Philanthropy is an act or gift done or made for humanitarian purposes, according to Merrian-Webster . Organized philanthropy, the body established charitable nonprofit organizations, has a long history of seeding and accelerating shifts in public policy. From the early pioneers (Carnegie, Rockefeller, Sage) to the philanthrocapitalists of the 21st century (Bill & Melida Gates, Warren Buffet and Mark Zuckerberg) .
Philanthropies have been established with a mix of earned revenues, inherited wealth and charitable donations. Thus the economic downturn of 2008 left philanthropic organizations with diminished capacity to contribute to nonprofit organizations. Likewise charitable giving from individuals, the largest source of charitable contributions in the United States, was significantly diminished. Because of the volatility of the market, the political climate, and the state budget, the nonprofit and philanthropic sectors are experiencing higher demands with stretched resources and capacity.
Public Policy 45100 provides a framework within which to analyze and understand the changing nature of private philanthropy and its importance to society at large. This course will distinguish between charity, donations for immediate basic needs, and philanthropic giving for strategic policy oriented purposes . It will examine historical case studies of philanthropic investments into public systems. It will also address turning points in public policy history, where philanthropic freedom was questioned due to its relationships with social movements. Finally it will review current trends and consider how strategic philanthropic investments have directly impacted advocacy for change, protections, or reforms of given public policies.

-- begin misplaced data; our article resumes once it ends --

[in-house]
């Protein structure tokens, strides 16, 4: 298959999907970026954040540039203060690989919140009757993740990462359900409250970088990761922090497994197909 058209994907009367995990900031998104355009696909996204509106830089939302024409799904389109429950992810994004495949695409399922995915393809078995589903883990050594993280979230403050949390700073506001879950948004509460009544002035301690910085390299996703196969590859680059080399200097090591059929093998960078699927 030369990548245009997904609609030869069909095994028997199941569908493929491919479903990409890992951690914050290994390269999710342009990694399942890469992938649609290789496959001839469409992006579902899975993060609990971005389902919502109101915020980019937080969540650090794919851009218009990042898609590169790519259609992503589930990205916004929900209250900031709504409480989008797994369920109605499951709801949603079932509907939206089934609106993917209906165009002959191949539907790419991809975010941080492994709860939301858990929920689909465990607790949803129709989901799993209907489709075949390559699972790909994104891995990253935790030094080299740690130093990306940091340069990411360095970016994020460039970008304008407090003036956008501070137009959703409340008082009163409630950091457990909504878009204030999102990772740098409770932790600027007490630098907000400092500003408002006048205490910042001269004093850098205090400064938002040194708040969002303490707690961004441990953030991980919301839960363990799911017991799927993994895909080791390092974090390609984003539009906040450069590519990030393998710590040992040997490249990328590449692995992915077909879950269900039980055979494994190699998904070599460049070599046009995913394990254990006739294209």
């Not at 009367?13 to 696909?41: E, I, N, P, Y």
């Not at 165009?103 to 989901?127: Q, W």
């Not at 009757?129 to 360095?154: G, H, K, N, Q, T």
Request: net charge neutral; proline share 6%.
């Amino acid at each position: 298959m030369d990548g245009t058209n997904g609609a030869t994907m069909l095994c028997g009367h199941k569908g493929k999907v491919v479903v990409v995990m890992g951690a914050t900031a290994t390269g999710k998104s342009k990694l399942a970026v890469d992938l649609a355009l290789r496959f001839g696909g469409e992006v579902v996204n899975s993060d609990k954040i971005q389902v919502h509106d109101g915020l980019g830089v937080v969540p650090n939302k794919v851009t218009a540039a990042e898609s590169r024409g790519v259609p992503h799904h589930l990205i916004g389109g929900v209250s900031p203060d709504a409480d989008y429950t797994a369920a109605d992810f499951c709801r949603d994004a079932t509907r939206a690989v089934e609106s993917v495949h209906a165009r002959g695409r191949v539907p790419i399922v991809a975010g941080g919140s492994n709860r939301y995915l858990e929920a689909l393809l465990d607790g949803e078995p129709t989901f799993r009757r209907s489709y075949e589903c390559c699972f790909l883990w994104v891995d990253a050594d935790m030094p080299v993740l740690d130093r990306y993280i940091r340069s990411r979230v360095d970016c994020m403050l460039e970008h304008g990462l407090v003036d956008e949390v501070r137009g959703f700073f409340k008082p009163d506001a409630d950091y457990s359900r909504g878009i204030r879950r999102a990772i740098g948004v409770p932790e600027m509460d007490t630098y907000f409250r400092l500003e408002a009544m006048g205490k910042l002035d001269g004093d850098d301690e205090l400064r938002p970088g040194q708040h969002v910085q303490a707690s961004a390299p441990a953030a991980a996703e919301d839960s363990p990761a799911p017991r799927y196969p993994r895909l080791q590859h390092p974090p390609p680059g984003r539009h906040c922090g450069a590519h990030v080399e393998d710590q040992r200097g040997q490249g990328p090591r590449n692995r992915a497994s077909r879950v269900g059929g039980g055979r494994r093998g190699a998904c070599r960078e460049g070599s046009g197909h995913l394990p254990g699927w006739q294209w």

Special attention will be given to private philanthropy’s influence in social movements, including public school reform, health care reform, community development and corporate social responsibility. Discussions of leadership strategies, outcome measurement and philanthropic impact will be woven into class sessions. Course materials will include touchtone literature in the philanthropic field as well as topic specific articles.
The course will meet once weekly in seminar format. All classes will include senior leaders in philanthropy. Full class participation and completion of required readings will be expected for every class session. The online Chalk System of communication will be used to post course materials as well as facilitate the general exchange of information between class meetings.